The resulting tragedy for the Palestinian people has been documented endlessly; despite Israeli propaganda to the contrary, this was both inevitable and predictable, given the determination of Israel’s founders to create a state for Jews in a land that was not Jewish. They recognised from the beginning that they would have to reverse Palestine’s demography, by converting the existing Arab majority into a Jewish one. As Yoram Bar Porath put it bluntly to the Israeli daily, Yediot Ahronot, on 14 July 1972, “There is no Zionism, colonisation or Jewish State without the eviction of the Arabs and the expropriation of their lands.” Rafael Eitan, Israel’s Chief of Staff, told the New York Times on 14 April 1983, “The Arabs have no right to settle on even one centimetre of Eretz Israel.”

This thinking inevitably caused the flight and expulsion in 1948 of between 750,000 and 900,000 native Palestinians, three-quarters of the total population of Mandate Palestine. A third of them had already been evicted by Jewish militias before Israeli statehood was declared, in line with Zionist strategy, and it was this Palestinian dispossession that formed the background to Resolution 194. Israel rejected UN demands root and branch, even though the terms of its admission to UN membership required adherence to UN resolutions, including 194. When the UN Mediator for Palestine, the Swedish diplomat Count Folke Bernadotte, who was appalled by the refugees’ plight, tried to push for repatriation in line with Resolution 194, dissidents from the Irgun terror gang under Menachem Begin (who later became Israel’s prime minister) assassinated him in September 1948. Nothing since has succeeded in shifting Israel’s opposition. In sixty-seven years, it has not repatriated a single refugee or even apologised for its deeds in 1948, demanding instead that the refugees settle in other states and find compensation from international funds.

There is no doubt that this Israeli obduracy, supported by powerful Western states, has persuaded many in the Palestinian leadership to compromise on the right of return. And no wonder; every serious peace plan since Resolution 194 has foundered on the refugee question. Today, the refugee camps appear to be a permanent feature of the Arab countries in which they were established. The refugees and their descendants number some 5.8 million, living in Jordan, Lebanon and Syria, as well as across the West Bank and Gaza Strip, suspended in an anomalous existence, all too often without rights or a future. By what logic could the displaced Kosovans be repatriated in 1999, or the displaced people of Bosnia-Hertzogovina be offered return and compensation under a strict international administration with built-in monitoring, while the Palestinians remain in limbo?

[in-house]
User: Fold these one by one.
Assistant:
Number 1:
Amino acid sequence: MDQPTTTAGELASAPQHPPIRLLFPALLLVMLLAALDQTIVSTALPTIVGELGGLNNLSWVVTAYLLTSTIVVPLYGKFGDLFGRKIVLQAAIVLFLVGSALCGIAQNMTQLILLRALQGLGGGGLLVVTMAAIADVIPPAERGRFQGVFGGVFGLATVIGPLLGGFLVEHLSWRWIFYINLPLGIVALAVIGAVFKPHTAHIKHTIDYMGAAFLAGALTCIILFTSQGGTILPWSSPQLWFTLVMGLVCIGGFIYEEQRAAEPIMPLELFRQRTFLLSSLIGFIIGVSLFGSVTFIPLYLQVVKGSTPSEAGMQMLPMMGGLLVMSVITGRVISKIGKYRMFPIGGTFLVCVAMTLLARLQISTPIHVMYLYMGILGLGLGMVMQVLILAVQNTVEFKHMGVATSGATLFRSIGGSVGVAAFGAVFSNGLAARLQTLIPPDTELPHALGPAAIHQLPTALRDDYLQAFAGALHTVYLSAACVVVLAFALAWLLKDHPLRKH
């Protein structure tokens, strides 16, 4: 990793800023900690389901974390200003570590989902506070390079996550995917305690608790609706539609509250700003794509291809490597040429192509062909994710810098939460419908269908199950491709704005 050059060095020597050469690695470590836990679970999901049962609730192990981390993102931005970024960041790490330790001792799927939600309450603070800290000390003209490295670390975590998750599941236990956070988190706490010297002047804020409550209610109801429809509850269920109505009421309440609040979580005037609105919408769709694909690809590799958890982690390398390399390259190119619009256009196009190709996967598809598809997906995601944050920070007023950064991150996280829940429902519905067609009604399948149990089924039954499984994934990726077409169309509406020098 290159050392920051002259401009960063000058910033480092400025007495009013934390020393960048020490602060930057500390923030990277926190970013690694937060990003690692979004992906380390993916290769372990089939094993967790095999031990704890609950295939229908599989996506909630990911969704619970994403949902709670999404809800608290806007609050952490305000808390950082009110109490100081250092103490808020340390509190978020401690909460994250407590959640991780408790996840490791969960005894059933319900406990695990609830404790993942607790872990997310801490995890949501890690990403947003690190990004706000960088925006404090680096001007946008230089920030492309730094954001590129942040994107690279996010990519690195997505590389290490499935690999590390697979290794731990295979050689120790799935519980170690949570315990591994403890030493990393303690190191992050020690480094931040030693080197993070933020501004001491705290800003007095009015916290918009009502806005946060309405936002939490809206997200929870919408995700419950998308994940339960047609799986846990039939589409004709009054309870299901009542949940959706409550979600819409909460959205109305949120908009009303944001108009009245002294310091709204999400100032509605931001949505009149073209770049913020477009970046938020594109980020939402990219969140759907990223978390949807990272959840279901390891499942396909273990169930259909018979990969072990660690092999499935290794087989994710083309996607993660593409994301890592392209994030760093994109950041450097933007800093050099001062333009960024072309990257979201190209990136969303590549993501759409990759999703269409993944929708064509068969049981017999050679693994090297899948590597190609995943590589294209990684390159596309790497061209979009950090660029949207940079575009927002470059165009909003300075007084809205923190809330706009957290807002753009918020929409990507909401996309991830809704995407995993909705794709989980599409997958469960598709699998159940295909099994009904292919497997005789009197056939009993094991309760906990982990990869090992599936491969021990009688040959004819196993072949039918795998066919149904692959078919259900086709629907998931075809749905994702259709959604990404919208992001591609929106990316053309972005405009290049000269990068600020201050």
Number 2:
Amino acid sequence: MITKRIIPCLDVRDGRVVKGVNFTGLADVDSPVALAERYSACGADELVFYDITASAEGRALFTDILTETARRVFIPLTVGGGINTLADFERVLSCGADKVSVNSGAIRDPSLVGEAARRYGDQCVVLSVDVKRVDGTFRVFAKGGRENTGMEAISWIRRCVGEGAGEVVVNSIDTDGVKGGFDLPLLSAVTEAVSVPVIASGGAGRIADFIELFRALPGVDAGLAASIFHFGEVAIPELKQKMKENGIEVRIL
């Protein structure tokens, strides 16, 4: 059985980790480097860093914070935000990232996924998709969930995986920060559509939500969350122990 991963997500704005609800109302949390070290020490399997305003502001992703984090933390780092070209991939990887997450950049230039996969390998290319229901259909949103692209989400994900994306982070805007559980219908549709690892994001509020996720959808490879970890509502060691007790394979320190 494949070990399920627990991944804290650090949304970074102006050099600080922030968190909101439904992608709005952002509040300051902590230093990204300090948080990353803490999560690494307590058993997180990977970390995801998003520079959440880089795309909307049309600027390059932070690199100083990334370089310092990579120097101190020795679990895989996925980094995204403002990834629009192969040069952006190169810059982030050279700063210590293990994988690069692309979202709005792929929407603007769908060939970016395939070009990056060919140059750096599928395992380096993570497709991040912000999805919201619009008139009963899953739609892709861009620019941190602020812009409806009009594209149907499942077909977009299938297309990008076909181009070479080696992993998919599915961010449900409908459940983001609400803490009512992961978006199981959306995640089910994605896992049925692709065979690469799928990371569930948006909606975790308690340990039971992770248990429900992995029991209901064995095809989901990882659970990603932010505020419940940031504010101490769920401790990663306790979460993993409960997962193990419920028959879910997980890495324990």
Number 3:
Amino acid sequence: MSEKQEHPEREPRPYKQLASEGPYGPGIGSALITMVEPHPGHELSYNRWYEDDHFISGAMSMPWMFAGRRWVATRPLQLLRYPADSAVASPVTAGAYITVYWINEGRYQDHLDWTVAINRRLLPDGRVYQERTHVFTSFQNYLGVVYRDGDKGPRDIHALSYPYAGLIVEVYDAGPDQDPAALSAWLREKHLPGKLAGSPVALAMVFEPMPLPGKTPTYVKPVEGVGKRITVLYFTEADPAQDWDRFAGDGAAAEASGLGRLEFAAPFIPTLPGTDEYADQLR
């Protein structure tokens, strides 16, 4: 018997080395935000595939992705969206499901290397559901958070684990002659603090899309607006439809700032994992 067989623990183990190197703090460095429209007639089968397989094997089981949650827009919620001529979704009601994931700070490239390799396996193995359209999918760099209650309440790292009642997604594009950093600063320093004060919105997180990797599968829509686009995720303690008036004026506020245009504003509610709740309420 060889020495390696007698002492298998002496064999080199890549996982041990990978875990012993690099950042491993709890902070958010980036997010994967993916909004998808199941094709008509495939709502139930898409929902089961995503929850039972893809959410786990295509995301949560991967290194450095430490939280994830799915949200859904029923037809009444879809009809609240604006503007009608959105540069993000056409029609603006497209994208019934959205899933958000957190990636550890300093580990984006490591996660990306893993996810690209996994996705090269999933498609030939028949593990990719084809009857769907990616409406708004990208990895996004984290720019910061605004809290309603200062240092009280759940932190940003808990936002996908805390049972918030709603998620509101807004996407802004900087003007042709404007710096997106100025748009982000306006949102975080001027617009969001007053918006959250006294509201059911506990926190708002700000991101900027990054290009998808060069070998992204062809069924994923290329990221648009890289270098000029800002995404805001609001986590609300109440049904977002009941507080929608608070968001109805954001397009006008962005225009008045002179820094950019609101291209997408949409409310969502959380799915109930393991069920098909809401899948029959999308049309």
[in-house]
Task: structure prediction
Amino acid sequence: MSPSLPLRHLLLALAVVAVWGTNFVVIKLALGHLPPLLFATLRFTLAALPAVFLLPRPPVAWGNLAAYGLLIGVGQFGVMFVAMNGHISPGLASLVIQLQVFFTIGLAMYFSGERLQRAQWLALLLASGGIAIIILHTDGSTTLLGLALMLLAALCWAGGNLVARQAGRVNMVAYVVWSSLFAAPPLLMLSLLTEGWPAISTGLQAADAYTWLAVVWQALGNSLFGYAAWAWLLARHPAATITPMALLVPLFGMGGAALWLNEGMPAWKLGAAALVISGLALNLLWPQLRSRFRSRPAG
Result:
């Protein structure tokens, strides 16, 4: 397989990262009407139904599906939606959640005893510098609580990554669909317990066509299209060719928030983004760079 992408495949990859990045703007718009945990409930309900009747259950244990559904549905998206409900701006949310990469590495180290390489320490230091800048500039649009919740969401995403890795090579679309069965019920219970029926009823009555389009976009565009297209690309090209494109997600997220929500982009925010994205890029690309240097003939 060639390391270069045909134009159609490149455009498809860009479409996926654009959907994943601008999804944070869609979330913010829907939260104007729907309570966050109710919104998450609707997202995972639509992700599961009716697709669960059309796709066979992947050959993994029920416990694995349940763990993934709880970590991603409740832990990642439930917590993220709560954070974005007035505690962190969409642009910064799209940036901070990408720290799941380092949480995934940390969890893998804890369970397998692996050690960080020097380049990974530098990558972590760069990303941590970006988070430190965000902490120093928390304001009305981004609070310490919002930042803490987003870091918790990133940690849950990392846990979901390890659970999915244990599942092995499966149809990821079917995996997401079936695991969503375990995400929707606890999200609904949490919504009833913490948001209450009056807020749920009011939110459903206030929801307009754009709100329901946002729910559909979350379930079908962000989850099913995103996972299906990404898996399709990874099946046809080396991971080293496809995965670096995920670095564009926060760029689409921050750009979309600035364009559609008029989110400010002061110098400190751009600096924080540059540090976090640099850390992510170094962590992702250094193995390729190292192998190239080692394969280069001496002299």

Watering down the right of return, and pandering to Israel, is not the way to solve the problem. Only solutions that can reconcile the right of Palestinian return with the existence of an Israeli Jewish community which, whether we like it or not, now exists and has acquired rights too, can succeed. The two-state solution, currently promoted, cannot do this. There is only one solution for this sixty-seven year old impasse that addresses the rights of Palestinians, Israelis and the needs of justice. Difficult as it is to envisage, only a unitary state in Israel-Palestine can encompass the returning Palestinians and ensure the continued existence of an Israeli Jewish community, however egregious their presence in that land.

Neither side can win the war over exclusive ownership of historic Palestine. Israel’s attempt to do so has only caused unending conflict and suffering for Palestinians and the rest of the Arab world. The UN made Israel and must now unmake it, not by expulsion and displacement as in 1948, but by converting its aggressive and hate-filled legacy into a future of hope for both peoples in one state. If that happens, the Palestinians’ right to return will have been fulfilled.